Okay, it isn't really that bad. But yesterday, we got our monthly reminder call that DH needs to reorder his Enbrel. This is a med that helps keep his rheumatoid arthritis under control, and it would cost about $1400 per month if we paid for it out of pocket. That almost equals our mortgage payment. We don't pay full price, thanks to insurance, but co-pays are beginning to add up. Between the three of us, we take a total of 12 daily prescription meds. During the winter, it's 14 - E takes two additional meds in an attempt to stave off sinus infections and croup.

In an average month, we'll pay between $150 and $200 just for medications. And that's with pretty decent insurance! I know of far too many people who are underinsured, and the cost of drugs is dragging them down. More and more companies are instituting tier systems for their prescription formularies, and name-brand drugs like Enbrel are at the top. They're also putting caps on prescription costs, leaving even more of the cost on the shoulders of patients.

What's a person with a chronic condition to do? Tier 4 drugs like Enbrel generally don't have generic alternatives. If you shop around, the price is pretty much the same, no matter what pharmacy you go to. It's pretty prohibitive for middle-class folks, and downright impossible for anyone who is low-income.

There are a few options. You can research the manufacturer of your medication to find out if they have a payment assistance program - there are a couple of websites that can help you with this. and The Free Medicine Association can help with this. You can find out if you're eligible for government medical assistance programs, but it's often difficult to qualify for these. You can also go without your medication - not recommended but sometimes necessary.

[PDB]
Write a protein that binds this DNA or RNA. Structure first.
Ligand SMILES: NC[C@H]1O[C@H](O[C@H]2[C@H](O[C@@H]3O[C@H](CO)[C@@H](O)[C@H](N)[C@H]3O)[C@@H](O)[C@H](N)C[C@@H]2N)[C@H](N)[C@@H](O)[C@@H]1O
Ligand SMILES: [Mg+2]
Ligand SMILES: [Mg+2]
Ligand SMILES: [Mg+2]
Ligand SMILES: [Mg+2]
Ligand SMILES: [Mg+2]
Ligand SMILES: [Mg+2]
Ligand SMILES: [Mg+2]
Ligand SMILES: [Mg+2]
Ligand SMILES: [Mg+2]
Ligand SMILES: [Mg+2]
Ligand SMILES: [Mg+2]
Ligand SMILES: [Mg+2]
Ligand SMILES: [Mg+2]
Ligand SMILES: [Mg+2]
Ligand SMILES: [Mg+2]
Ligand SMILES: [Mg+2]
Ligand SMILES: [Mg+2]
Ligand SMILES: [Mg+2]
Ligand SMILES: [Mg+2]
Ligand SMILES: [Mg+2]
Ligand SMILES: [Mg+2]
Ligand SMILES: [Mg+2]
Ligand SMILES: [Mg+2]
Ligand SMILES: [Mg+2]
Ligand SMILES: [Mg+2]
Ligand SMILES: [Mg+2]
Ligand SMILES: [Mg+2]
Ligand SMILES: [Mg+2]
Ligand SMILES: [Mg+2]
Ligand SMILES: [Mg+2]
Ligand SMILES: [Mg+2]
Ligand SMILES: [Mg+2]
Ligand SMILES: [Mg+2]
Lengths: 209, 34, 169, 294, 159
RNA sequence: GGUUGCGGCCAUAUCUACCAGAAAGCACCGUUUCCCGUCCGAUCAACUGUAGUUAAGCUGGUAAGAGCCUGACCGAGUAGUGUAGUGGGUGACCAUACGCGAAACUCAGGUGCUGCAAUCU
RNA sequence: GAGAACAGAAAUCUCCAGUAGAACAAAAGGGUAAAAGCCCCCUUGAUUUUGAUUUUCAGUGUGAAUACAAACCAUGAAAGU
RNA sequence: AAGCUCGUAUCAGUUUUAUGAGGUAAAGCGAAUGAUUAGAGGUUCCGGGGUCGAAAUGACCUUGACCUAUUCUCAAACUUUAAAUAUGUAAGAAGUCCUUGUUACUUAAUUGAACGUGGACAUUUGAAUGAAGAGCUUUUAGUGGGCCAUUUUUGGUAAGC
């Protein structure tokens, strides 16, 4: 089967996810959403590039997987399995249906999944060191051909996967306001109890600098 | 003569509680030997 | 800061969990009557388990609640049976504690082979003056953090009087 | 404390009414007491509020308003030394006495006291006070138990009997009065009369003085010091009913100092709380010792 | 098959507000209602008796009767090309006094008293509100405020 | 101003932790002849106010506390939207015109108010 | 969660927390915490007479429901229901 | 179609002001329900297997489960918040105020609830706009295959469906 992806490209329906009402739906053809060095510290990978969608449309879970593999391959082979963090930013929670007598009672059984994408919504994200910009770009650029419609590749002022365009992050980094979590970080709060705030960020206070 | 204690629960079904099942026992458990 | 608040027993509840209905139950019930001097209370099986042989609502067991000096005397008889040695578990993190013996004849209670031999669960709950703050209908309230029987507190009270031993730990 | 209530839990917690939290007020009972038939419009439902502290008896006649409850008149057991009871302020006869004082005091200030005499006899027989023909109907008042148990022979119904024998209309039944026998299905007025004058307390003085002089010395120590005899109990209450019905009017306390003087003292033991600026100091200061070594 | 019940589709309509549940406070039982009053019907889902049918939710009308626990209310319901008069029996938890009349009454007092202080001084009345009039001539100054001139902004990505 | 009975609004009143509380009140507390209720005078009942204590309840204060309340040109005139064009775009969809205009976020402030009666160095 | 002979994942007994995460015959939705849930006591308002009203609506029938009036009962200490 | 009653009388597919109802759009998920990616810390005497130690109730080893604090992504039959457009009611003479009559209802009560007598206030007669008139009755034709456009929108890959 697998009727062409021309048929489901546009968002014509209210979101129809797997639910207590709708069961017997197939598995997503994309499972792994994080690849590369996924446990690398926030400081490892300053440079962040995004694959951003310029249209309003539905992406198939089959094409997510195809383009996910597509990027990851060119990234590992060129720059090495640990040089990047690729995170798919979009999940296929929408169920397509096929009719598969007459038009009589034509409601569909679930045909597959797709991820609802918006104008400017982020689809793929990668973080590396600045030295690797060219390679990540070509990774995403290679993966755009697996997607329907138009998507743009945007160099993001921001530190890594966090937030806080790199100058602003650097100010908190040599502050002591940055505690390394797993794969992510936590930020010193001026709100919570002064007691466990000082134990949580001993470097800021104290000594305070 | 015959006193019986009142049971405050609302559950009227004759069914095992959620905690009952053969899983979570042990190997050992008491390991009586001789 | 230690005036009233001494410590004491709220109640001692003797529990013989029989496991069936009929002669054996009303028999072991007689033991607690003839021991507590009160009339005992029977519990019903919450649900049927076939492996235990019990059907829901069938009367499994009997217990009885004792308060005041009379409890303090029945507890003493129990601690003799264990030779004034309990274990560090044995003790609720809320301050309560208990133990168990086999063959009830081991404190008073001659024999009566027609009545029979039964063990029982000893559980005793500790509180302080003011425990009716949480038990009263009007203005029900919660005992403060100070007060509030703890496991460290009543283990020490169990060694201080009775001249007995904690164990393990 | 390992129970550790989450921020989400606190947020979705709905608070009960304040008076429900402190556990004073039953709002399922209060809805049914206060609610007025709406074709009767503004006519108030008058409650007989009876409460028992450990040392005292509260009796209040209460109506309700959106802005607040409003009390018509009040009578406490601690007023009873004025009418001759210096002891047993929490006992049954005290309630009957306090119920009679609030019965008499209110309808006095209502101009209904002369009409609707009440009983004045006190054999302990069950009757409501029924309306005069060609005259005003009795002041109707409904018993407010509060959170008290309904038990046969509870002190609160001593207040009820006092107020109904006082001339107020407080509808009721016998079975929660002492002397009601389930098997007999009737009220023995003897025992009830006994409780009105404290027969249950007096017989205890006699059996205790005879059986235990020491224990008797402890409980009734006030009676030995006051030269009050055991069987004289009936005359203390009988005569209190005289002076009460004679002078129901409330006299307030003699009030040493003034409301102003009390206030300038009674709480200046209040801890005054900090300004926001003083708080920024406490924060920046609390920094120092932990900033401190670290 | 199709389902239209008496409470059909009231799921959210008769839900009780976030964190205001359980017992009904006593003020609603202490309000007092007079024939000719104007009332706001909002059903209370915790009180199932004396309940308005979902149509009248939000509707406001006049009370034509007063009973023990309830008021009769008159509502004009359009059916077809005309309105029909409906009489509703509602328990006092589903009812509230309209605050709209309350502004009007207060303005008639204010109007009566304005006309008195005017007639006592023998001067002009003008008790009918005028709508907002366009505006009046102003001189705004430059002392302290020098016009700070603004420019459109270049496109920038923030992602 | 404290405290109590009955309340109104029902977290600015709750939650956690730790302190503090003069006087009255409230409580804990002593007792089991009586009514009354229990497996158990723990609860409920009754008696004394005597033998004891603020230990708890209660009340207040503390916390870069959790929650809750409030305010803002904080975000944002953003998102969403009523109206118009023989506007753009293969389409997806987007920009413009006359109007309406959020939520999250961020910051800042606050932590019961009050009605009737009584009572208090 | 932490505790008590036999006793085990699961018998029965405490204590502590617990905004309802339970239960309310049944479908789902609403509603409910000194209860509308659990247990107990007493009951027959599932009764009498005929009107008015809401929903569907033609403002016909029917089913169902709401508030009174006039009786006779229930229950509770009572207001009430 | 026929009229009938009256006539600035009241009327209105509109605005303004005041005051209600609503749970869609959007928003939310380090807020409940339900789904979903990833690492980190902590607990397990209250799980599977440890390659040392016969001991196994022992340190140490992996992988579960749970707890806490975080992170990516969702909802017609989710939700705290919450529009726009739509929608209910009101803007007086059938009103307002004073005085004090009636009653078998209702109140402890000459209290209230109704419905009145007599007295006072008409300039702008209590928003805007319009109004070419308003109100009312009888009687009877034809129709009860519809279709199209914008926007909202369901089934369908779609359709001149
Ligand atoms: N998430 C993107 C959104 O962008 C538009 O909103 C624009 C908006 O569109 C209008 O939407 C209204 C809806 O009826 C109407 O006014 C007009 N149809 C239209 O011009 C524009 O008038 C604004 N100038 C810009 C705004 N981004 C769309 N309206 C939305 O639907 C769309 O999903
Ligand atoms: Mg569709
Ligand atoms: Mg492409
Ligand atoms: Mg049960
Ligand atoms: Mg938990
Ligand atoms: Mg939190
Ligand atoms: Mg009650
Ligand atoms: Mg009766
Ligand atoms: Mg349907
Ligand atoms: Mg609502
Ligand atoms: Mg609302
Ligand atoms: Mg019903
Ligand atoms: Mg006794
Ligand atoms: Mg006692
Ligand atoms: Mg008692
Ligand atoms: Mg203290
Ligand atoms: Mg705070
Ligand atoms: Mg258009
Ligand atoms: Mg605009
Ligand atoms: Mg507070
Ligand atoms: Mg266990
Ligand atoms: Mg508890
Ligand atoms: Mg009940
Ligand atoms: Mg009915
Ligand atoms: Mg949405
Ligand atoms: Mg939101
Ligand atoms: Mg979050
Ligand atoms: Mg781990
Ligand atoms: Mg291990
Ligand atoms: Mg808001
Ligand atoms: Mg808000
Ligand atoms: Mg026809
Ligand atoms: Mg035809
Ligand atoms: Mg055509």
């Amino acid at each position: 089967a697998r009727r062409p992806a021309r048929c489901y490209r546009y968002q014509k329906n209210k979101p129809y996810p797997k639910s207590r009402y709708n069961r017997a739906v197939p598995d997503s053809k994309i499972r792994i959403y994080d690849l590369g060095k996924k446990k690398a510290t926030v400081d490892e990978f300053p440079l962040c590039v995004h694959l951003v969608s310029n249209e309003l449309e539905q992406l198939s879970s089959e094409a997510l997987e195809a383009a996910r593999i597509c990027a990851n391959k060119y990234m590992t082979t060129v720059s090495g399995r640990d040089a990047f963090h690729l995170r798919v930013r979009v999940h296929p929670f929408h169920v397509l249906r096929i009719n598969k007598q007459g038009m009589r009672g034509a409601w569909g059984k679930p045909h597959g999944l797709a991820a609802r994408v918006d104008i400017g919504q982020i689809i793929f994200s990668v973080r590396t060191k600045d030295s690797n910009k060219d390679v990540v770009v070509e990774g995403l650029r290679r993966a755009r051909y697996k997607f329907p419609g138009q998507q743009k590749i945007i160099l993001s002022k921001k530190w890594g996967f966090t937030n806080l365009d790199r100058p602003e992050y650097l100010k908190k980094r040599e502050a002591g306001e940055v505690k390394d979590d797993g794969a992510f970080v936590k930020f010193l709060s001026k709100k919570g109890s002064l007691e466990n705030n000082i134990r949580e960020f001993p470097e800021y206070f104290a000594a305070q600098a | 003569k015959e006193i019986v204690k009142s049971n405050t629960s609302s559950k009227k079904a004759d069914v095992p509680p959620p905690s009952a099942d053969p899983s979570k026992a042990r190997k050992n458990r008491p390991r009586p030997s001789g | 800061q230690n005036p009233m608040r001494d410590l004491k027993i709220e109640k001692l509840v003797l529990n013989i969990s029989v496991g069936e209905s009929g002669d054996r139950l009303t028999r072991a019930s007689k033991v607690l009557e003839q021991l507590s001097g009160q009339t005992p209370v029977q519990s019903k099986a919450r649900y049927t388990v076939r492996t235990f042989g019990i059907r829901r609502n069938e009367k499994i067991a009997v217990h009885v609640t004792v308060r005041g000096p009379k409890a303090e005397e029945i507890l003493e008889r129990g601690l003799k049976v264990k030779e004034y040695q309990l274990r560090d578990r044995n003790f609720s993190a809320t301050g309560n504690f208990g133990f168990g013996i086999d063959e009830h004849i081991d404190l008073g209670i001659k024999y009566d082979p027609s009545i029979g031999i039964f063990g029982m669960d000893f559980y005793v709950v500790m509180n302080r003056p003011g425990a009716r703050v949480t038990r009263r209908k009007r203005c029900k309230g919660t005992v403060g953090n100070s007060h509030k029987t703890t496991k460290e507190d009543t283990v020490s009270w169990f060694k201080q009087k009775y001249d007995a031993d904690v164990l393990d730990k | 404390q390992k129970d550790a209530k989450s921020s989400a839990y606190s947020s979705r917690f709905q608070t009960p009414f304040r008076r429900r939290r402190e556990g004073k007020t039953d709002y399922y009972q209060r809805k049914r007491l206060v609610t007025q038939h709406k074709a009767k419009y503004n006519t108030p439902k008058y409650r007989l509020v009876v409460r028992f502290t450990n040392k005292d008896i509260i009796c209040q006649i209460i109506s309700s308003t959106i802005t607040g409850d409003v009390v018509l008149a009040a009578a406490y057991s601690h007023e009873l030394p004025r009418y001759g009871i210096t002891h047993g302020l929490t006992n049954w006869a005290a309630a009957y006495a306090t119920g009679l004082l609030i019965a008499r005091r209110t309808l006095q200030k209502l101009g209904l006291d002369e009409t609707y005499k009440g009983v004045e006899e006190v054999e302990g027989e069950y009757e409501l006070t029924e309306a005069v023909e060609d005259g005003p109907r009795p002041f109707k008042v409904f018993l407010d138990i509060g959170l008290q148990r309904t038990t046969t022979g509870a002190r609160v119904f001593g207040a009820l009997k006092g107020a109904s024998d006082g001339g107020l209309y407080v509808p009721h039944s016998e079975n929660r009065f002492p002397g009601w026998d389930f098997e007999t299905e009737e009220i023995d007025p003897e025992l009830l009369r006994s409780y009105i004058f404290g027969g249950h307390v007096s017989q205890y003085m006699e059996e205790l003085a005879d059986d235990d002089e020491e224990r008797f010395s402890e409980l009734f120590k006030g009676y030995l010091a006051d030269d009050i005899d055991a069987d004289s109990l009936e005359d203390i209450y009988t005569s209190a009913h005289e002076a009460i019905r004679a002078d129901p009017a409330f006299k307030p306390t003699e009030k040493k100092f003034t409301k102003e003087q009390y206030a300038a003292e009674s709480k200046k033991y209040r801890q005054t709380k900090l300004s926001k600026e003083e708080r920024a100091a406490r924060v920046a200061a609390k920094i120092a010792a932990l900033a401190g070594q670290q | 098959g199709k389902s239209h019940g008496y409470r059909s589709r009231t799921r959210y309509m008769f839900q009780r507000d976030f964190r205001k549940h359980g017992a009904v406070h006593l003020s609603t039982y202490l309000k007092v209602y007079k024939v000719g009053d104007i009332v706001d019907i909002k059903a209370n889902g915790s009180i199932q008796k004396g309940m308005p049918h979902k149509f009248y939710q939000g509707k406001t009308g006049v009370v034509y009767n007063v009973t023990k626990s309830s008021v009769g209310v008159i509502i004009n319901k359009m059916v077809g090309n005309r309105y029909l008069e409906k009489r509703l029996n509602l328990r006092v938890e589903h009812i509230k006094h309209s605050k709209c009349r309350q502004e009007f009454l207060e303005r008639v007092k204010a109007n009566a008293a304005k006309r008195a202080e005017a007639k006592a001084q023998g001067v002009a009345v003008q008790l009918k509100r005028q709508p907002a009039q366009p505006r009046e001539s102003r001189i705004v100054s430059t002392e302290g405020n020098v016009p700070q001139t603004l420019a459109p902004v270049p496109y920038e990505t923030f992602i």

If you're in this situation and your insurance is provided by your employer, make sure your employer hears about it. Talk to your HR department, and let them know that this is putting a strain on you financially and emotionally. There are still some companies out there that care about their employees, and even if they don't, they're often interested in things that can improve employee productivity.

Finally, you can contact your legislators. And you can vote. While this won't result in immediate results, it's the only path to systemic change for the healthcare system. Talk to your public servants at the state and federal level. Let them know how drug costs are affecting you, and ask them what they plan to do about it. Make sure you know where candidates stand on the issue before you vote for them. All our little voices together can make one BIG voice that will be heard, even if it doesn't always feel like it.

Wednesday, August 20, 2008

I just can't let it go (the Tropic Blunder debate)

Has anyone visiting here not heard about Tropic Blunder and why the disability community is so up in arms about it? I had an editorial printed in our local paper (which a few people actually read!), and I was pretty proud of that bit of writing. Today, I read a letter that blows everything I've read up till now out of the water. Let me introduce you to John Franklin Stephens. He's a Special Olympian and Special Olympics Global Messenger. His words should be the last on this subject.

A lot of people are talking about the movie "Tropic Thunder" that opened in theaters last week. One of the reasons that it is being talked about is that the characters use the term "retard" over and over. They use it the same way that kids do all the time, to jokingly insult one another.

The people who made the movie, DreamWorks and Paramount, and many of the critics who have reviewed it say that the term is being used by characters who are dumb and shallow themselves. You see, we are supposed to get the joke that it is only the dumb and shallow people who use a term that means dumb and shallow. My dad tells me that this is called "irony."

So, what's the big deal? Let me try to explain. I am a 26-year-old man with Down syndrome. I am very lucky. Even though I was born with this intellectual disability, I do pretty well and have a good life. I live and work in the community. I count as friends the people I went to school with and the people I meet in my job. Every day I get closer to living a life like yours.